More than 5 million teeth are knocked out each year through sports injury, accident, or play. Just as helmets, shoulder pads, and kneepads are worn to protect against sports-related injuries, mouthguards are an equally important piece of protective gear.
As the name implies, mouthguards help prevent injury to the mouth area, especially to the teeth, lips, cheeks, and tongue. One of the most underrated and overlooked benefits of a well-fitting mouthguard is its ability to protect against head and neck injuries by cushioning blows that could otherwise cause concussions or jaw fractures.
In Massachusetts, mouthguards are required in football, field hockey, ice hockey, lacrosse, soccer, and wrestling. Dentists generally recommend that adults and children wear mouthguards during all sports in which injury to the mouth may occur, such as basketball, baseball and even in-line skating or skateboarding. Athletes are 60 times more likely to suffer damage to the mouth when not wearing a mouthguard. Each year, mouthguards prevent approximately 200,000 mouth and face injuries.
There are three different styles of mouthguards. Each one is different in comfort, fit, and cost. Be sure to consult with your dentist to determine which mouthguard is best for you. Most dentists recommend that athletes wear custom-made mouthguards when participating in contact sports because they offer the best protection and are considered the most comfortable to wear.
This type of mouthguard is by far the best type in terms of its fit, comfort, and protection. It is made by a dental lab from a dentist’s impression of the athlete’s teeth. The final product is designed to fit the athlete’s mouth exactly. Because this is designed and fabricated to precisely fit the athlete, it is more comfortable and better able to cushion blows to the head, face and mouth. These are best in prevention of not only tooth injuries but also concussions. The custom guards are also available in variable thicknesses and can even be designed to coordinate with team uniforms and colors.
Boil and Bite Mouthguard:
The “boil and bite” style is “make at home” appliance. It is a thermoplastic mouth-formed protector and is usually softened by immersing it in hot water. It is then shaped to the teeth by using finger, tongue, and biting pressure. This type of mouthguard, however, may not fit as well as the custom-made version and are generally bulkier and of less durable material than the aforementioned custom guards.
The ready-made or stock mouthguard is found at most sporting good stores. It comes in several shapes and is constructed of rubber or polyvinyl material. However, because little can be done to adjust its fit, it may be uncomfortable and can interfere with breathing and speaking. These are similar to the “boil and bite” guards, but perhaps less well adapted to an athlete’s mouth.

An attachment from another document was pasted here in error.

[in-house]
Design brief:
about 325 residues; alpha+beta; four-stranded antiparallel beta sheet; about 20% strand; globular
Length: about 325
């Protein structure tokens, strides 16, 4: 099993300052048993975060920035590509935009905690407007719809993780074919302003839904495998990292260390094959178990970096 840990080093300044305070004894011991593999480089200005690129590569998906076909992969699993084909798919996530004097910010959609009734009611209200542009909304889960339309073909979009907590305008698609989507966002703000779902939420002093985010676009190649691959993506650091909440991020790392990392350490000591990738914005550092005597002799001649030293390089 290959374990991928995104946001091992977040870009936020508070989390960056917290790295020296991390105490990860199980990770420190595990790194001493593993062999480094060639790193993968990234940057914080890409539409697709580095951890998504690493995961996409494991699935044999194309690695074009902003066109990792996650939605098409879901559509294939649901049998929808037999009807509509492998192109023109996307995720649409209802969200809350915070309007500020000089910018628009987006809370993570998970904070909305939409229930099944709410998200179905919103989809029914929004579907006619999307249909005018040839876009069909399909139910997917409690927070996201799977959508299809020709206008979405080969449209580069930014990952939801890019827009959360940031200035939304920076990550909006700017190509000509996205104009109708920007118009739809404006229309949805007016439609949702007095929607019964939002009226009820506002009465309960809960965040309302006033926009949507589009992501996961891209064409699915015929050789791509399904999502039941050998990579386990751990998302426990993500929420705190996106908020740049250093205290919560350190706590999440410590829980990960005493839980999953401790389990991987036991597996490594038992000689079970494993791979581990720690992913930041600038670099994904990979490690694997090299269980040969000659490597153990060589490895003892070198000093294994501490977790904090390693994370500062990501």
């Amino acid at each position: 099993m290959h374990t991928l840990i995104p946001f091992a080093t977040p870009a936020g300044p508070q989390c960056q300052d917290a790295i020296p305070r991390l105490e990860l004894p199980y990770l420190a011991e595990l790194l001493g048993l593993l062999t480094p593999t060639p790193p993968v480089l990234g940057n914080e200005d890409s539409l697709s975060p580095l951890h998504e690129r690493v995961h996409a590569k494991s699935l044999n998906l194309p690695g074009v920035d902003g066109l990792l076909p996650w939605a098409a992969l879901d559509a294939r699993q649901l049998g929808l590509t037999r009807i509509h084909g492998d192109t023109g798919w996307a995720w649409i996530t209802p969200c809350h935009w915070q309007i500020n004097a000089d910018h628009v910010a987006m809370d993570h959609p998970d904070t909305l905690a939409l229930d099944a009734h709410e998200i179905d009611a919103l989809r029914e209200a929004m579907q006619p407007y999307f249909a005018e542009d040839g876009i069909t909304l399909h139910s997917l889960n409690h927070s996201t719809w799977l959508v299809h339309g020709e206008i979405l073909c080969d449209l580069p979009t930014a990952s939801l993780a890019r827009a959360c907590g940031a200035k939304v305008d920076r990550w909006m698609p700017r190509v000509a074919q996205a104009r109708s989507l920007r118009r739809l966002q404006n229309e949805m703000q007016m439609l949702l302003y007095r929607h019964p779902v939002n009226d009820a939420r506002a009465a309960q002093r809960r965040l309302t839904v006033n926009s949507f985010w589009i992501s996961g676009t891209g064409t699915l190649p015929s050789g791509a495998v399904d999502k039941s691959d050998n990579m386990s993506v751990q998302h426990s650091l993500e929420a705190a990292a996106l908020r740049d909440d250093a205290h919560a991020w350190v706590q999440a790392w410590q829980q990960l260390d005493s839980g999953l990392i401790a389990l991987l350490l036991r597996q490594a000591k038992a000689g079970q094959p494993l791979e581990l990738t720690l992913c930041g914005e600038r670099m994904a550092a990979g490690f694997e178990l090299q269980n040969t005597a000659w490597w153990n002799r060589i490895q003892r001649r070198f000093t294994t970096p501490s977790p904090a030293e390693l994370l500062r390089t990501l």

A properly fitted mouthguard is especially important for those athletes who wear braces or have fixed bridge work. A blow to the face could damage the brackets or other fixed orthodontic appliances. A mouthguard also provides a barrier between the braces and your cheek or lips, limiting the risk of soft tissue injuries. Although mouthguards typically cover only the upper teeth, your dentist or orthodontist may recommend that you wear a mouthguard on your bottom teeth as well especially for athletes with upper and lower braces.
As with all other sports equipment, mouthguards can wear out, become lost, or deteriorate over time. The condition of the mouthguard should be evaluated from time to time to see if it needs replacement. Tears and perforations can irritate the teeth and mouth tissues. These defects and normal wear and tear also diminish the amount of protection the mouthguard can provide on the playing field.
As athletes grow, changes in tooth position and jaw size will also require changes in the mouthguard. The appliance should be checked by a dentist regularly to inspect for damage and to verify proper fit.
Protecting an athlete’s teeth and mouth is an effective way to protect against potential injuries and discomfort, and is a great means of ensuring proper overall health. The Massachusetts Dental Society’s Grin and Wear It (www.massdental.org) program provides information on participating member dentists, like us, that volunteer to fit school-aged children with custom-made mouthguards at a discount or nominal fee.